Here is what a typical day is like of meals. I need help figuring out if that is enough protein. I just feel like I really need more as I am am breastfeeding. If I don't have more vegetarian protein options, DH insists on meat.

Snack- apple or orange and perhaps some nuts or seeds

B- Bowl of amaranth or teff with handful of sunflower seeds or cashews, some fruit on the grains like blackberries or blueberries. If we don't have nuts, I make up some black eyed peas for a side

L- Some kind of beans homemade, and a side of brown rice or quinoa, big bowl of steamed greens like swiss chard

Snack- Fruit smoothie with chia seeds, brewers yeast, and cashew butter, and several cups of greens blended in.

D- Lentil soup, OR maybe a sweet potato and some salmon or a piece of liver or chicken, and some steamed vegetable. (this is if there is not a good non meat vegetable made)

Perhaps it is because I am breastfeeding, but at the end of the day I am still craving protein and have snack before bed usually. I don't think I am eating too much since after having a baby 7 months ago, I am down to a size 4-6, and if I don't eat more, I will loose a ton more weight.

We are trying to move to more salads since the weather is warming up. I want to eat more raw, but I just get so hungry with it.
post #10 of 23
I just want to say that I tried the hemp protein powder in all sorts of smoothies and found it disgusting, unpalatable. I went back to whey protein powder for my smoothies (vanilla flavored). If you able to use whey, it tastes a ton better than hemp (at least to me )
post #11 of 23
Your protein and fat intake look good to me, but if you aren't feeling right then something obviously needs to change! I know what you mean about the breastfeeding...I tend to feel like everything just goes through me and to the baby and there's not a lot left for me. I also get thinner and scrawny looking but that phase doesn't last too long. Are you craving animal protein? I would trust your instincts. I don't even like eggs, but I depend on them a lot right now to feel grounded in my diet.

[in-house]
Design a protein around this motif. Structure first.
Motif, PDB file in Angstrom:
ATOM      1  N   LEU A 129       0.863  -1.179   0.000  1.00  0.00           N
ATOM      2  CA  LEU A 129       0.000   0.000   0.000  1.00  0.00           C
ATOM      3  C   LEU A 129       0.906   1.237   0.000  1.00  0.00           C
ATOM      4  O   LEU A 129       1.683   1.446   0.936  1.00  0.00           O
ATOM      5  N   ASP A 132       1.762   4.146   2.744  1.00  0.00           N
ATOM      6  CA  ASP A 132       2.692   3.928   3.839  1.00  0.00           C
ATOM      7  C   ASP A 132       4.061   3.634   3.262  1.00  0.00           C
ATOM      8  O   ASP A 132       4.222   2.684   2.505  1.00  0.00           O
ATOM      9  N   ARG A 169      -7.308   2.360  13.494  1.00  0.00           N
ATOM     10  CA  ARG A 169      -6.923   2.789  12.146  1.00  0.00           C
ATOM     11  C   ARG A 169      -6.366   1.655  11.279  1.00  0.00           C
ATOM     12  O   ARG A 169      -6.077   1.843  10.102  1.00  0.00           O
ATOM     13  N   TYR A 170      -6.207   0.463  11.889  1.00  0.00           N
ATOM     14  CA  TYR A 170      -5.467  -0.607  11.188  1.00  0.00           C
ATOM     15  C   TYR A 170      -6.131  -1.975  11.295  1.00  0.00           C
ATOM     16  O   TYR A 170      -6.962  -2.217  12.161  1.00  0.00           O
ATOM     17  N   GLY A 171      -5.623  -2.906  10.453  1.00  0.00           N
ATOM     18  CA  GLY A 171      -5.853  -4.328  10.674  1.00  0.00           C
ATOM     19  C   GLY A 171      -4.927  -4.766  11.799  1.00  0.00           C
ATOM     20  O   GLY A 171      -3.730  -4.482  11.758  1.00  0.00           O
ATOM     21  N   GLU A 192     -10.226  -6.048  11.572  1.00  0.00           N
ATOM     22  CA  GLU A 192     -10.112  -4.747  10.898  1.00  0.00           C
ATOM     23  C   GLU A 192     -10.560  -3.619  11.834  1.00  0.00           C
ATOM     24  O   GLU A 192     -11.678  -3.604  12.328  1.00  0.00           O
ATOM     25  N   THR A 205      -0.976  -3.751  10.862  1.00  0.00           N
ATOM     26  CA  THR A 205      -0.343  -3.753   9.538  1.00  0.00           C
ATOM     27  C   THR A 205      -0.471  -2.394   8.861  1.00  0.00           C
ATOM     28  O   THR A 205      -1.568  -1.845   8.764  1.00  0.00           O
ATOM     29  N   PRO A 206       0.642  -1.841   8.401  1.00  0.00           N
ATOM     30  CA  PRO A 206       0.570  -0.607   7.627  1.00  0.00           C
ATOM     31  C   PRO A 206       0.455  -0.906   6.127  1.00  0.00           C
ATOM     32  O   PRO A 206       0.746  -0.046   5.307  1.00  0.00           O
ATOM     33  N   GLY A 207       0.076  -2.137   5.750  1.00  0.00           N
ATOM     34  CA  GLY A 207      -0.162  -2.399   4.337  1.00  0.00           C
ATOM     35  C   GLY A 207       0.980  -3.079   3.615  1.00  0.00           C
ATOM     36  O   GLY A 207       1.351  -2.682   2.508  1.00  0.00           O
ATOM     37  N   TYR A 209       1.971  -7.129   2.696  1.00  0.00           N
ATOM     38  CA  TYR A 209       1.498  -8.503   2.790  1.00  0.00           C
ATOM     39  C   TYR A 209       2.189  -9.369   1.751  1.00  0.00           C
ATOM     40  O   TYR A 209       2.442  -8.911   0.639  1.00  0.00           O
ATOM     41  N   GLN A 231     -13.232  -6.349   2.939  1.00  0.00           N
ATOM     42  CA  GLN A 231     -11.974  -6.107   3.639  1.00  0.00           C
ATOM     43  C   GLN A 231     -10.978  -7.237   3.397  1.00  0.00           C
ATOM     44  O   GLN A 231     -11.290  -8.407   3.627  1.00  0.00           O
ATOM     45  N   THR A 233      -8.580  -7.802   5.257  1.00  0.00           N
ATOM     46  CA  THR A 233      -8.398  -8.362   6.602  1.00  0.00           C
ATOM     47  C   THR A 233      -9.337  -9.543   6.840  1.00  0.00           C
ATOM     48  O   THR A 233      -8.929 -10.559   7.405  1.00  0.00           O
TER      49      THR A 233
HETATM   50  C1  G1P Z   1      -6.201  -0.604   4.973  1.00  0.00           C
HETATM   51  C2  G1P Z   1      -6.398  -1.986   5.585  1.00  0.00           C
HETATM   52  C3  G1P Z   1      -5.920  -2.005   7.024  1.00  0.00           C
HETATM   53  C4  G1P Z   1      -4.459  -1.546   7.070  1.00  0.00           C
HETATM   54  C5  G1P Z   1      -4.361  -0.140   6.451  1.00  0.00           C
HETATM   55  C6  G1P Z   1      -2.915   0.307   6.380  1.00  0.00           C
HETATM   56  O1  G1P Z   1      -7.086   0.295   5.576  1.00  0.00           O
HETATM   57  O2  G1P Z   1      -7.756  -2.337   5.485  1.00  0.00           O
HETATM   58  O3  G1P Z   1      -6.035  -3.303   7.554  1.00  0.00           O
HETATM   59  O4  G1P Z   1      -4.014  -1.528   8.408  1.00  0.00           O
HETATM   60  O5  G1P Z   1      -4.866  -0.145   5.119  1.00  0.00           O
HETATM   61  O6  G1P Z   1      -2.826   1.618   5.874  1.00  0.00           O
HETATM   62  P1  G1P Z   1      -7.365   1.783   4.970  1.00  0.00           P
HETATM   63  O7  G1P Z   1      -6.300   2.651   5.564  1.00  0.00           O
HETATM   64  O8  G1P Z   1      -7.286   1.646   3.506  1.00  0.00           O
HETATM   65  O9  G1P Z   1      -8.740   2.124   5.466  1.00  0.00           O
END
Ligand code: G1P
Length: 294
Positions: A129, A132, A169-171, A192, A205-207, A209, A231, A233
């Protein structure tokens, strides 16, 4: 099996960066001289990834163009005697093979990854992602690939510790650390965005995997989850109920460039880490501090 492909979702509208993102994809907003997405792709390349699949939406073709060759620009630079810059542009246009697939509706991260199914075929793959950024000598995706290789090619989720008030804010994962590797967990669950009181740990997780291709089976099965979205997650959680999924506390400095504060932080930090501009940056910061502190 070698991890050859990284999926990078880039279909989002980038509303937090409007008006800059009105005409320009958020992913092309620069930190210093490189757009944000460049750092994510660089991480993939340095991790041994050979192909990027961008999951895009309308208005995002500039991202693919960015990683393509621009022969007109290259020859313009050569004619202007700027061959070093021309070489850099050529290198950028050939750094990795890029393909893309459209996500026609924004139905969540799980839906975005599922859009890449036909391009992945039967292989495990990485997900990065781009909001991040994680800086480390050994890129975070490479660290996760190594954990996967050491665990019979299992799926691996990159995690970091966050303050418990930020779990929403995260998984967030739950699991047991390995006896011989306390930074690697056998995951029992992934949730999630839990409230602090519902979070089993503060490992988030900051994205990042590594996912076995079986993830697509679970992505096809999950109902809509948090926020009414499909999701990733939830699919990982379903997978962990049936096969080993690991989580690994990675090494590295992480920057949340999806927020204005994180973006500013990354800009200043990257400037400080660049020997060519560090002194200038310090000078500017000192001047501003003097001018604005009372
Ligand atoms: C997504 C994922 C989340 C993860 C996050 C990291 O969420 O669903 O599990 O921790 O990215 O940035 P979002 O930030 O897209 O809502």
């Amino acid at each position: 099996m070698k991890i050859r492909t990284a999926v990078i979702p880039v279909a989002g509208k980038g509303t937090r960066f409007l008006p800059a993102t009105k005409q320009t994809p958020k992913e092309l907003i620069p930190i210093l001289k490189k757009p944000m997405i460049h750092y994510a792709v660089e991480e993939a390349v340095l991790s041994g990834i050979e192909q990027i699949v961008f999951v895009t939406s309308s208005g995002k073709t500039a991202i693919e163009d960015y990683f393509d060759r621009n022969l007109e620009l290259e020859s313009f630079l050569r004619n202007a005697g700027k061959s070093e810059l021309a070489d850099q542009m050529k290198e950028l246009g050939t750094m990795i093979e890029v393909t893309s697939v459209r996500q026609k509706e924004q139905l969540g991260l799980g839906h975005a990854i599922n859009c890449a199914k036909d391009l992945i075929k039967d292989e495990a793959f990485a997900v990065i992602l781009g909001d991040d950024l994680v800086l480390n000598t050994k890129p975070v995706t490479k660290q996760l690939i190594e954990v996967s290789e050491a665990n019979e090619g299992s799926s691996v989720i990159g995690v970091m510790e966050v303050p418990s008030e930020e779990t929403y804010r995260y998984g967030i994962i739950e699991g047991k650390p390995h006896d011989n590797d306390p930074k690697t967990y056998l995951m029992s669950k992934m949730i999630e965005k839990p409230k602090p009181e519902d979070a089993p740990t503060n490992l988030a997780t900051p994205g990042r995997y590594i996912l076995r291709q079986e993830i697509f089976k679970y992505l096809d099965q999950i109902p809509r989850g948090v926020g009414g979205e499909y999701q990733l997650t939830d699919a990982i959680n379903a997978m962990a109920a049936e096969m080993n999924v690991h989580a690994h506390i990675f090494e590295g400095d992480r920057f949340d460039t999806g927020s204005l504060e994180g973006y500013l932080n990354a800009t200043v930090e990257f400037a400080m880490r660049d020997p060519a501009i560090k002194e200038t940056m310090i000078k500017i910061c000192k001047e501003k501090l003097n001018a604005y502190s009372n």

good luck!
post #12 of 23
Protein is ubiquitous. It's every where and in everything. It is literally impossible (unless you are starving) to be protein deficient. It sounds like you just want more calories. If you put your food into something like nutridiary.com, you would find that you are consuming plenty of protein. You are probably just hungry. Most of the foods that we think of as high in protein (meat, dairy, nuts) are in reality high in fat, which means they are the foods we want to fill us up QUICK when we are not eating enough carbohydrates to satiate ourselves.
post #13 of 23
honestly it does not sound like you are eating enough period. instead of adding more protien (it sounds like you are getting plenty) I would add some fat and carbs.
post #14 of 23
I would do "fitday" for a couple days, write everything down and you will see exactly how much protein you get. Everything has *some* protein in it.

I am not vegan, though I spent a lot of time on and off again vegan, with eating eggs. I just don't feel my best, but I eat vegan a great deal of the time. With quinoa really being the only grain I eat, and lots of lentils, it still adds up to a lot of protein. I do eat an egg a day, but just one and that's only like 6 grams of protein anyways.

I made a huge curry with lentils, chickpeas, lots of veggies and some kale, and I eat it with a little quinoa. snacks are veggies, seeds, nuts. I keep a lot of salads that have nuts in them made up.

Coconut oil, flax seeds/oil and olive oil/walnut oil in salads are my fats.

You really do not need hundreds of grams of protein in a day. I workout hard, and have a lot of muscle and I don't come CLOSE to the amount of protein some gym rats I know LOL. But I look/feel better.
post #15 of 23
Originally Posted by 425lisamarie View Post
You really do not need hundreds of grams of protein in a day. I workout hard, and have a lot of muscle and I don't come CLOSE to the amount of protein some gym rats I know LOL. But I look/feel better.
This. I average 80-100 grams of protein a day, 100% of it from plant sources and I'm pretty ripped (don't believe me? check out my blog. ). I track my diet at caloriecount.com, but fitday and spark people are great too. You might find you're getting more than you realize, and an average adult woman usually only needs 40-80 grams a day for optimal health. I'm not sure how much more a nursing woman needs but I can't imagine it's an astronomical amount.